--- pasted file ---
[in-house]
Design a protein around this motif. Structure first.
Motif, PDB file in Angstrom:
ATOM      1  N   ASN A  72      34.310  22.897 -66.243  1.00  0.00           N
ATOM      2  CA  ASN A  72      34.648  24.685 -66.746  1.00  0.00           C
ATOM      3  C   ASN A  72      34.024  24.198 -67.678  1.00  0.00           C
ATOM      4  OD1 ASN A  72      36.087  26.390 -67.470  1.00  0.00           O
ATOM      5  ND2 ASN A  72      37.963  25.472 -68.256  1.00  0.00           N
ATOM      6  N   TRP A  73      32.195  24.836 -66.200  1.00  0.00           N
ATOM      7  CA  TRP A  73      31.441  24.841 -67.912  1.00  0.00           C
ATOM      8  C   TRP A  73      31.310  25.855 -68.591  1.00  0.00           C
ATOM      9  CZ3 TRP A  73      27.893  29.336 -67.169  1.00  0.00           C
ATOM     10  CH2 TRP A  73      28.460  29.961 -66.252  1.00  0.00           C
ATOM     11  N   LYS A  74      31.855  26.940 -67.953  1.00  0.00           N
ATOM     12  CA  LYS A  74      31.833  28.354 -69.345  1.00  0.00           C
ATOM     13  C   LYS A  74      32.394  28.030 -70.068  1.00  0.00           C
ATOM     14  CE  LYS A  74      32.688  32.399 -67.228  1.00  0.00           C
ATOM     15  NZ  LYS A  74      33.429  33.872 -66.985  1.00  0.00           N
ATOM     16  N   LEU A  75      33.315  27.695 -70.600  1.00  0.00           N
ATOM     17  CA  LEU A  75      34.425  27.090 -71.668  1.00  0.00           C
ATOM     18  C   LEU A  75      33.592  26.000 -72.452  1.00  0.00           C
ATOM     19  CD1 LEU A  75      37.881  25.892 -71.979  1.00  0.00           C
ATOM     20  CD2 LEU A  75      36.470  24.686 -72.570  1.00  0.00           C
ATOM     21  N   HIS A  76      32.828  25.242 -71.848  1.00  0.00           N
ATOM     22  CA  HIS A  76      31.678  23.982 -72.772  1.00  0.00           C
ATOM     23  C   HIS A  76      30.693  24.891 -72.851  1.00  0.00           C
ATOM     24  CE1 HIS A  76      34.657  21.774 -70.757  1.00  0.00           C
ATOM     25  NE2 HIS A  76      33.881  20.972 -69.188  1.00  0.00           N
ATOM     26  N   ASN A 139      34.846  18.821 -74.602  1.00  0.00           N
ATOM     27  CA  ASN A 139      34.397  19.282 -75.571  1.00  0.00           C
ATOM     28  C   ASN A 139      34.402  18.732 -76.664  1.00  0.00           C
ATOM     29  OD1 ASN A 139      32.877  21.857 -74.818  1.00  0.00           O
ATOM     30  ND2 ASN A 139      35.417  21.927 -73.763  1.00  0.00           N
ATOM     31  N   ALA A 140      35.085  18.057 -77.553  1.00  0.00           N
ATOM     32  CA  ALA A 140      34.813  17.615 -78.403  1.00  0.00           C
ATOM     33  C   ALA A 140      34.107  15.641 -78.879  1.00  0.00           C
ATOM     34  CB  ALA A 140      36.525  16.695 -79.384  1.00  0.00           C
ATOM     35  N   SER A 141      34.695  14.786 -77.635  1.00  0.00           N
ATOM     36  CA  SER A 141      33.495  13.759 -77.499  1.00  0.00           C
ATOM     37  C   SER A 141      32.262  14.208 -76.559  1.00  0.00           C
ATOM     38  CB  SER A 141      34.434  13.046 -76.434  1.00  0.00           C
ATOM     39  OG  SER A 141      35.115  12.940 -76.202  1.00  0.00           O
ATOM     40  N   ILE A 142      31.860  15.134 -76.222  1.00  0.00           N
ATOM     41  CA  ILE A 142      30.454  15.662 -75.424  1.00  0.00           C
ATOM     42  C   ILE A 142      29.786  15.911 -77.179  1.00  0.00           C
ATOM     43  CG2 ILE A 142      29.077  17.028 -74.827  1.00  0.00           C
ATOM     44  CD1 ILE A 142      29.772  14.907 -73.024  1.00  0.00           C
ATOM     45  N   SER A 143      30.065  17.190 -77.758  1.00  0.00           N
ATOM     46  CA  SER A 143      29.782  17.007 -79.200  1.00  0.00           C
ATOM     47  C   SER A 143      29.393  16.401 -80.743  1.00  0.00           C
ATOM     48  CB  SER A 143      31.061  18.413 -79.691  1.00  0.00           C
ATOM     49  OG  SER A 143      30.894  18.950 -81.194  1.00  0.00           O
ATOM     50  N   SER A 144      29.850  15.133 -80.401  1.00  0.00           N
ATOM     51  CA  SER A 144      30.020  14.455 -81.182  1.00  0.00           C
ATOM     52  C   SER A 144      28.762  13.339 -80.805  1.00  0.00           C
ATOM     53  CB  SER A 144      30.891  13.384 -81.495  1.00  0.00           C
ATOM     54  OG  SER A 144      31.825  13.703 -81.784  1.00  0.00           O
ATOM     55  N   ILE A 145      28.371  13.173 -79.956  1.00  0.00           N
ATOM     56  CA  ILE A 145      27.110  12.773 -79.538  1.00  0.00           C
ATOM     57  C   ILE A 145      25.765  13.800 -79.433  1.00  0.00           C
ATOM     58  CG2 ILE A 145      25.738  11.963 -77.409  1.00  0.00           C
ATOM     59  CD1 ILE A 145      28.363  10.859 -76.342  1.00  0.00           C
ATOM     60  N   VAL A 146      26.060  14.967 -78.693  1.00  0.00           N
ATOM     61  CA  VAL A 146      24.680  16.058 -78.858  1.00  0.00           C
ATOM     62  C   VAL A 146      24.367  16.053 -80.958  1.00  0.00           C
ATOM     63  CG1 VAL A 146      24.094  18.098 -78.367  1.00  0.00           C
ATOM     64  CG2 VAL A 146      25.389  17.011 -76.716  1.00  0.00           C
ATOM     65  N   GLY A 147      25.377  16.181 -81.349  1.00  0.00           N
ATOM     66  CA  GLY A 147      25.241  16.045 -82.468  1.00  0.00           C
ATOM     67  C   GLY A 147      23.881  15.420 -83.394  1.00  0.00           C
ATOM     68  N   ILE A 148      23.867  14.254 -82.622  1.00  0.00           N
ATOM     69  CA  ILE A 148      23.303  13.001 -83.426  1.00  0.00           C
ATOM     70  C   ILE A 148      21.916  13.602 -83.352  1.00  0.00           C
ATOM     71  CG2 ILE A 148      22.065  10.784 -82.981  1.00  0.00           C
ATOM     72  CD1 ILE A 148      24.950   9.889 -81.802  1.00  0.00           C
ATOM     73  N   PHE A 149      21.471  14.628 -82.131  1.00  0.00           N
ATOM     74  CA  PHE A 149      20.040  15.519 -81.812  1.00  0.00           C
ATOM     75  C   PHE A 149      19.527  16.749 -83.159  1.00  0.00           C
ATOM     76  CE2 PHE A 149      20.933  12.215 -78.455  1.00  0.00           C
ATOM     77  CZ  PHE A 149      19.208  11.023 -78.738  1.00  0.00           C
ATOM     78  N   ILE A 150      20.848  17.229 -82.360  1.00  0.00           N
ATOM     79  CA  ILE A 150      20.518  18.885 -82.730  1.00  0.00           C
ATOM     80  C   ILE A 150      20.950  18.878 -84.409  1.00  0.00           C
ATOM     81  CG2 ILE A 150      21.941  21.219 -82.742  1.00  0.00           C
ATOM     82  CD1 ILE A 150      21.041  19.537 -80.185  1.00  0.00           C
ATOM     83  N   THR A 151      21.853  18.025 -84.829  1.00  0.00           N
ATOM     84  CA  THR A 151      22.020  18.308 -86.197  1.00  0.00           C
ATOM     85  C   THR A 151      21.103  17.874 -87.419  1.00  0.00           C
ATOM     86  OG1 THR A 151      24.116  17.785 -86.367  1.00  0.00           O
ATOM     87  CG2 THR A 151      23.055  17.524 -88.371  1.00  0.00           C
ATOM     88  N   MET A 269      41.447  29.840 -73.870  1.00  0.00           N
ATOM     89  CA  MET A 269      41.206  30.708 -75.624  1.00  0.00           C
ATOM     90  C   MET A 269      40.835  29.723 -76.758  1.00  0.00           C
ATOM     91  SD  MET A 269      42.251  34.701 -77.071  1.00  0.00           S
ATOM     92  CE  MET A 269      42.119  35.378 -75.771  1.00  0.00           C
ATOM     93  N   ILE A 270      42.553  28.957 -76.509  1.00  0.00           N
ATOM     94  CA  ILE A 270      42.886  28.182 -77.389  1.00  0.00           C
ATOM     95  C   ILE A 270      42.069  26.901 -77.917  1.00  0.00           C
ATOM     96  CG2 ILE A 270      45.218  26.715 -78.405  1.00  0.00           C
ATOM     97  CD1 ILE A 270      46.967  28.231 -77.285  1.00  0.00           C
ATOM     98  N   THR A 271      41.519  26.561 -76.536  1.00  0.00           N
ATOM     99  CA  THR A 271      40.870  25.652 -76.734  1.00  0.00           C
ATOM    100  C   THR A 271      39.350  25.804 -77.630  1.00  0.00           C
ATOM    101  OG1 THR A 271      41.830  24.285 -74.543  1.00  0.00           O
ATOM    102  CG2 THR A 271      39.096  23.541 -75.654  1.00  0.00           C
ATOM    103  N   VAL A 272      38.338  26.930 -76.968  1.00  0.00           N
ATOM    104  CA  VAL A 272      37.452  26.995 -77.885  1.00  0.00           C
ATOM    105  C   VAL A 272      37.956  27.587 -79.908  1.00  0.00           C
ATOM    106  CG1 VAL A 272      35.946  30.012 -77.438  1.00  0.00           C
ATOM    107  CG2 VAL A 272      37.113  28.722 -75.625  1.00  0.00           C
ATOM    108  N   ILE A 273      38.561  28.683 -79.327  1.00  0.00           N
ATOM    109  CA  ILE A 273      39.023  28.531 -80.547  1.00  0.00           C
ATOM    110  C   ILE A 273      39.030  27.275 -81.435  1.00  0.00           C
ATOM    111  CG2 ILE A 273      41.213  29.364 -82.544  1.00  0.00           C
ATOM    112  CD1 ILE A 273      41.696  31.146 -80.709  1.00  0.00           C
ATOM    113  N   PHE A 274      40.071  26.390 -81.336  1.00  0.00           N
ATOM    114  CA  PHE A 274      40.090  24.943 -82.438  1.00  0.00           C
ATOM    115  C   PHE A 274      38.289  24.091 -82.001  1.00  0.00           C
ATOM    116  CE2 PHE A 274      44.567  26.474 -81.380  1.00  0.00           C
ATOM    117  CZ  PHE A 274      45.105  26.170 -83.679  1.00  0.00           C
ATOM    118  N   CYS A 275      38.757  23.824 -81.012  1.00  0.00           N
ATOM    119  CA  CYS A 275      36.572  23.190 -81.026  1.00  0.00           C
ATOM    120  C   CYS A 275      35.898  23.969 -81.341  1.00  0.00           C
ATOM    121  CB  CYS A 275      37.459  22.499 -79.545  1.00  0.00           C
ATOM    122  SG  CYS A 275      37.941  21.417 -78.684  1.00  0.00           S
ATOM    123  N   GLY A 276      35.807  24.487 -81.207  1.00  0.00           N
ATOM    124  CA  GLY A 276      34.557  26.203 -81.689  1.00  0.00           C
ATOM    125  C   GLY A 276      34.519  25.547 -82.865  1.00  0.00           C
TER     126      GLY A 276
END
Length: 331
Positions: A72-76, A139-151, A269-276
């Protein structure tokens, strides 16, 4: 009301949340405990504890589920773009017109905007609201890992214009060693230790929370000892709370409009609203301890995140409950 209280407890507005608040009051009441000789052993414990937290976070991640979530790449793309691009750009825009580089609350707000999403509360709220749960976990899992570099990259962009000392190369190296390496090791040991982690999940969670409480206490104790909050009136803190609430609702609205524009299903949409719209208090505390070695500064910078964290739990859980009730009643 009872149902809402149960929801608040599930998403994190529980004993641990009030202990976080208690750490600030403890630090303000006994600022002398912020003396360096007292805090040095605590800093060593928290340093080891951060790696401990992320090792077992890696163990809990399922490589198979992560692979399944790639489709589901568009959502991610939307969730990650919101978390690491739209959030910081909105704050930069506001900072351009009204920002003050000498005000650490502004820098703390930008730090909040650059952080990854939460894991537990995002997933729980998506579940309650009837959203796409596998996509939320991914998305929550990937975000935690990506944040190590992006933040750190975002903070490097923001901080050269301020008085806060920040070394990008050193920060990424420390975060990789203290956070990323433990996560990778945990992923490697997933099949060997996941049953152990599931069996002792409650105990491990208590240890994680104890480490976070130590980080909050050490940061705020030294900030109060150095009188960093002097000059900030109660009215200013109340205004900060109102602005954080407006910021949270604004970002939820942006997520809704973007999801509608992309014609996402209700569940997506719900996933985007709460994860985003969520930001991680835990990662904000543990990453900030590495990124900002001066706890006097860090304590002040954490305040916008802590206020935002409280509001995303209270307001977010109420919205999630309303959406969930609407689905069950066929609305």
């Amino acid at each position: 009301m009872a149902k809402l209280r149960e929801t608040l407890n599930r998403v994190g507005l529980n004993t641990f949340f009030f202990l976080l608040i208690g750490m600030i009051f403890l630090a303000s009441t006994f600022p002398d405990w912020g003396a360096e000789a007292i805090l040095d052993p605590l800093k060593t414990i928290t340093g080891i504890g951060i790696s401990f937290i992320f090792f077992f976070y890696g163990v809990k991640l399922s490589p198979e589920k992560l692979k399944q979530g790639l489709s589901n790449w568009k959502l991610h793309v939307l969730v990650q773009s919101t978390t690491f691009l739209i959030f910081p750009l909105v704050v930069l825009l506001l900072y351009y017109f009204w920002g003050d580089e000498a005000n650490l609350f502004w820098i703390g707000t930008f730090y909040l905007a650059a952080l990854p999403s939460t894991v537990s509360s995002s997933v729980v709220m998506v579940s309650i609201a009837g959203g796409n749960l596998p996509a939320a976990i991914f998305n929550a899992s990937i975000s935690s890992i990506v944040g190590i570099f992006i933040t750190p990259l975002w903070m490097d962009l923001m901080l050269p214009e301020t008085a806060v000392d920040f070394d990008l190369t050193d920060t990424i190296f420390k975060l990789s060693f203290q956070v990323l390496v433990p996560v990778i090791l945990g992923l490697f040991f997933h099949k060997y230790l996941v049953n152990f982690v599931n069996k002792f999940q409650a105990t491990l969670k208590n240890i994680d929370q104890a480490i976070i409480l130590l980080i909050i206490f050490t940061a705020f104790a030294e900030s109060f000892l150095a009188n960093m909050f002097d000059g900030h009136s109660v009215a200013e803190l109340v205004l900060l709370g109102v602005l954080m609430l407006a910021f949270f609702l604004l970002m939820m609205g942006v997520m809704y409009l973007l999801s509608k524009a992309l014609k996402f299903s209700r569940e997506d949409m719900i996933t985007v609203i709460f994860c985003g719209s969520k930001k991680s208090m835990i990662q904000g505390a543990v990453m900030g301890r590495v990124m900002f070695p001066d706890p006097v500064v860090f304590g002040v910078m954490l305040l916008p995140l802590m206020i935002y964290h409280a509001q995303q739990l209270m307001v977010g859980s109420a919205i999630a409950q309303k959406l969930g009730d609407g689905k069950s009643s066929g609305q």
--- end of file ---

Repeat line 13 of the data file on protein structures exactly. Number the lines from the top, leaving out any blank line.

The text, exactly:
ATOM     10  CH2 TRP A  73      28.460  29.961 -66.252  1.00  0.00           C